Google Wants You (And Me)
Think Google can't possibly earn itself an even bigger portion of the search pie? Think again.
Google is giving users yet another compelling reason to get a Google account, this time promising to make searches on their own names more relevant. Talk about an exercise in narcissism, but for once, when a company tells you this is all about you, boy do they mean it.
To see what I mean, simply type "me" into the search field and hit go. Google will return results for Apple's Mobile Me, a .gov site for the state of Maine, a link to Me Magazine, some YouTube clips featuring the word "me," a Microsoft support site for Windows ME (yipes!) and, eventually -- if you already have some kind of account with Google -- an incomplete stump of your own profile.
What Google is banking on is that people want to be found, and especially if their name is fairly common, that a name search on their name returns the "them" they want you to find if it's indeed "them" you're looking for -- if you know what I mean.
Nothing more frustrating for your ego than doing a search on your own name and realizing that a person could easily mistake someone else's information for yours.
If you already have a Google account, you probably won't stumble over your own profile until you get fairly far down the page, whereas if you don't have one, the first search result is a link to instructions for creating a Google profile, which is a great way to snag new users. Greg Sterling, principal analyst at Sterling Market Intelligence, said the profiles are not just a good way to engage more people with Google, but will tempt more people to shop with Google Checkout, use Picasa to post pictures or use Google's Blogger. "It deepens your engagement with Google," he told USA Today.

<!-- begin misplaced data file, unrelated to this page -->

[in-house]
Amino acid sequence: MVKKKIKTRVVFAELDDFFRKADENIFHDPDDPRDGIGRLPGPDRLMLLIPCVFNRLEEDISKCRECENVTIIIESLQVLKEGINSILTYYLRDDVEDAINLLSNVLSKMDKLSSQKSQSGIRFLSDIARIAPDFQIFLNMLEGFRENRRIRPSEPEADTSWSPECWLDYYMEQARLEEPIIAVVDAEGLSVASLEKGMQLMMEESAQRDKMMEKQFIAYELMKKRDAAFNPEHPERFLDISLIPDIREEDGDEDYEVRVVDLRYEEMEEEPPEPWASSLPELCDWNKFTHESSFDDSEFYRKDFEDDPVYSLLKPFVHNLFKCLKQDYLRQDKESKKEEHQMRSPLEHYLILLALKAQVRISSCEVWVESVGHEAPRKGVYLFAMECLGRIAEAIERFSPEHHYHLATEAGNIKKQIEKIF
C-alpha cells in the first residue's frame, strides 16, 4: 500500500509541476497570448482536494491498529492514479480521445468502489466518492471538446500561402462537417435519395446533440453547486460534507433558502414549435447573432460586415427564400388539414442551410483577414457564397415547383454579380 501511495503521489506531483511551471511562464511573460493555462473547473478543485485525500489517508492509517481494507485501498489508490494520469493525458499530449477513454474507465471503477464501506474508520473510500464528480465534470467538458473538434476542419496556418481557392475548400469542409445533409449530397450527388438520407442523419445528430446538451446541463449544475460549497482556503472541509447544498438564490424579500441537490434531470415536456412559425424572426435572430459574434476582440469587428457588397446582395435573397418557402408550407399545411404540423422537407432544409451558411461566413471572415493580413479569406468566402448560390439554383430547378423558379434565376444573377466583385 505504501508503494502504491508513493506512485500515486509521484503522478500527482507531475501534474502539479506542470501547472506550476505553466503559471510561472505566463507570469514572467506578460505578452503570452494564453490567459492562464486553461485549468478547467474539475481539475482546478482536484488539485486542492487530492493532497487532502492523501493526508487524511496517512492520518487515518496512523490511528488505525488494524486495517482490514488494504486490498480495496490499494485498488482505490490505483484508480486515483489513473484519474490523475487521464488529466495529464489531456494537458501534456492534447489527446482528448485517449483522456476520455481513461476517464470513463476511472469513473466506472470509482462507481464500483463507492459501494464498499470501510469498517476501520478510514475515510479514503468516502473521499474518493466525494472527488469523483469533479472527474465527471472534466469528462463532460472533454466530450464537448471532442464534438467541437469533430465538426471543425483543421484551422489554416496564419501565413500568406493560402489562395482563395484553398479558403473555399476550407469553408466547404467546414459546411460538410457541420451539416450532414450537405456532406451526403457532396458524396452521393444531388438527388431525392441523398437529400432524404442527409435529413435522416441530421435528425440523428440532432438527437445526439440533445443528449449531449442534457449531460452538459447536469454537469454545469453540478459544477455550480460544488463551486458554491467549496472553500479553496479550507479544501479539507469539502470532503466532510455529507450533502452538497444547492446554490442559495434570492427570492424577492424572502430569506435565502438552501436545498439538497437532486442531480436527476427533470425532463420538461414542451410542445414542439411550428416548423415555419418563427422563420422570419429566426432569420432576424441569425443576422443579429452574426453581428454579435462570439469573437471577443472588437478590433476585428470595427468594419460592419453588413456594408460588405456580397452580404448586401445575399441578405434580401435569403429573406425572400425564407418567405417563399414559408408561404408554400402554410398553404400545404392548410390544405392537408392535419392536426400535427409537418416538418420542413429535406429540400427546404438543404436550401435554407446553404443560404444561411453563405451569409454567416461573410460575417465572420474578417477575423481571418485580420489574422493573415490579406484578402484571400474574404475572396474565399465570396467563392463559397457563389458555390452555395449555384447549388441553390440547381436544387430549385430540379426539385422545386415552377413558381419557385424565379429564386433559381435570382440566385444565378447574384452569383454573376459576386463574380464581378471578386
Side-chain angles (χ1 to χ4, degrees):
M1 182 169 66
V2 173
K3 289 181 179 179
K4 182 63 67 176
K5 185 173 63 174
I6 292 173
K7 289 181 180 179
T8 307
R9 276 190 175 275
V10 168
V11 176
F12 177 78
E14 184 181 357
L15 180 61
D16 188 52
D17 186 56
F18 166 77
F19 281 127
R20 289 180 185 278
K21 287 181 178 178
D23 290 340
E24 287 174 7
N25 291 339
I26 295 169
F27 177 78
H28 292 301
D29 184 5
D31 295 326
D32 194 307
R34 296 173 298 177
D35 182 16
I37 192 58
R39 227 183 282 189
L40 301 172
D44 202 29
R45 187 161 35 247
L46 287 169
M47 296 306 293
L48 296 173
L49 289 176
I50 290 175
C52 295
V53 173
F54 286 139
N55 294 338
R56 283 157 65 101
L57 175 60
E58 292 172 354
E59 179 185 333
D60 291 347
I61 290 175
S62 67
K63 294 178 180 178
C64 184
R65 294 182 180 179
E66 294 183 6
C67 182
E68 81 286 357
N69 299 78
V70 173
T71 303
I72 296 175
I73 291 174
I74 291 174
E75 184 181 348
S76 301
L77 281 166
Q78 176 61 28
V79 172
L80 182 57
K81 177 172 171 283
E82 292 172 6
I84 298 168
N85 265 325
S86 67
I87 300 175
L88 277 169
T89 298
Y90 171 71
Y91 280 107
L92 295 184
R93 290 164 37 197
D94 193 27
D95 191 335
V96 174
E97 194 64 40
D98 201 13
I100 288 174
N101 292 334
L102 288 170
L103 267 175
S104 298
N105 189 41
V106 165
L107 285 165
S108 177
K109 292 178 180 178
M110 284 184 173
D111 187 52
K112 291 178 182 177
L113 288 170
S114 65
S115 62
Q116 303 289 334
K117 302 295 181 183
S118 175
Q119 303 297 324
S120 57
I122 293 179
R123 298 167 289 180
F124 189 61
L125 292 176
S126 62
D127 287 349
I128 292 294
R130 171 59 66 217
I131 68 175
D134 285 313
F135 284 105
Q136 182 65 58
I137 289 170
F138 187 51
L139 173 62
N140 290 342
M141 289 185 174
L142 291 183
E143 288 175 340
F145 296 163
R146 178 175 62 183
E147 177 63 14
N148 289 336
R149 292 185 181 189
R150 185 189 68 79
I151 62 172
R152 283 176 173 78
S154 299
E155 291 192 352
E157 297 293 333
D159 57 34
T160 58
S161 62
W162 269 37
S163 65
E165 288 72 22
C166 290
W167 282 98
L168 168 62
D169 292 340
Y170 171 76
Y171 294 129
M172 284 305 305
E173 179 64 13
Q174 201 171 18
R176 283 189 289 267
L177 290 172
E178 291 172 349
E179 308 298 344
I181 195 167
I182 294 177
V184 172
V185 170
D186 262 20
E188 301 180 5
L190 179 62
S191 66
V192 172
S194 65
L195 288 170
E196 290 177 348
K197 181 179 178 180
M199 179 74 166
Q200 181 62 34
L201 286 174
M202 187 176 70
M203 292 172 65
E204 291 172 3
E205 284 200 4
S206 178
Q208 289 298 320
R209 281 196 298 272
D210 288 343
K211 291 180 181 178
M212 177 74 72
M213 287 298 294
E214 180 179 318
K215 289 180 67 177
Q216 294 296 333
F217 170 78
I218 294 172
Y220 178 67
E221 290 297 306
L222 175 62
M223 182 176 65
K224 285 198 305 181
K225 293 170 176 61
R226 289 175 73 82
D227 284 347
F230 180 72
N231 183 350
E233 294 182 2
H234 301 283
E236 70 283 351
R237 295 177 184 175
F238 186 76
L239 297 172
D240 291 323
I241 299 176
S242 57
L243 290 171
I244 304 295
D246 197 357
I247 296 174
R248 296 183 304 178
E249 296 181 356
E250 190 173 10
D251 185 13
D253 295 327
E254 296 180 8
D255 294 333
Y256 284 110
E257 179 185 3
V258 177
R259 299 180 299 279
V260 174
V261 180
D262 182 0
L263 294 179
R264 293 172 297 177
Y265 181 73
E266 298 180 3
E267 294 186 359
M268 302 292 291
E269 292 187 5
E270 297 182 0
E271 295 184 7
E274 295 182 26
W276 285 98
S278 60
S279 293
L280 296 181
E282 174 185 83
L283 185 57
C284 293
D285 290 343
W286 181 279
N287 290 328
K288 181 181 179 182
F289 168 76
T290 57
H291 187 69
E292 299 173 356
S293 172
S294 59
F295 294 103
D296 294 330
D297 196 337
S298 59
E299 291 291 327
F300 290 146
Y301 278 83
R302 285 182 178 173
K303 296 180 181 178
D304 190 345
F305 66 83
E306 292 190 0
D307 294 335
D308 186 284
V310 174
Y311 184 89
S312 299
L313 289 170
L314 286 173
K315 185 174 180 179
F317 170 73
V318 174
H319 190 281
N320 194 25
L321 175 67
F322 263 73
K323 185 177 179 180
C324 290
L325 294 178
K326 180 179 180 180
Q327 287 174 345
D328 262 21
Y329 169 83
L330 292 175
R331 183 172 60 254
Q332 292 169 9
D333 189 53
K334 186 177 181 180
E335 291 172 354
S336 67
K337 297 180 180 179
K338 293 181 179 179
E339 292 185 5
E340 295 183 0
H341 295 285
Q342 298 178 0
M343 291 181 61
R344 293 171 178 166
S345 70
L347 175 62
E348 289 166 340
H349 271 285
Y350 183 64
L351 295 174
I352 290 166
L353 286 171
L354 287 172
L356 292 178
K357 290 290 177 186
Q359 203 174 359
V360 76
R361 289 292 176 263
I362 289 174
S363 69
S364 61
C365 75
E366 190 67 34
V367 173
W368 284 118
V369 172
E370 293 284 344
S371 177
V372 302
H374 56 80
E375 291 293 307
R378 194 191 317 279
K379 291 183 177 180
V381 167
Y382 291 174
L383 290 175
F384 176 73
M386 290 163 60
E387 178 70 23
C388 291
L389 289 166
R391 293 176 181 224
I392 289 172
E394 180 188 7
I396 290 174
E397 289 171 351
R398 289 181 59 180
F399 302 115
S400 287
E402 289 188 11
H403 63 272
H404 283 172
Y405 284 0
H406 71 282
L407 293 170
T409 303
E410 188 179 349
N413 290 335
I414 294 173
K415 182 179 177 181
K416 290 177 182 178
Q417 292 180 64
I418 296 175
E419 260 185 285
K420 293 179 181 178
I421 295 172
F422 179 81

Either way, Google gets to serve more ads or, in some cases, earn fees.
There are certainly plenty of people who worry that Google already knows too much about them, and won't fall for this. But they're in the huge minority. Most will be more than happy to create or add to their profiles so that when you search on their names, you're aware that 25 years ago, they won their elementary school's spelling bee.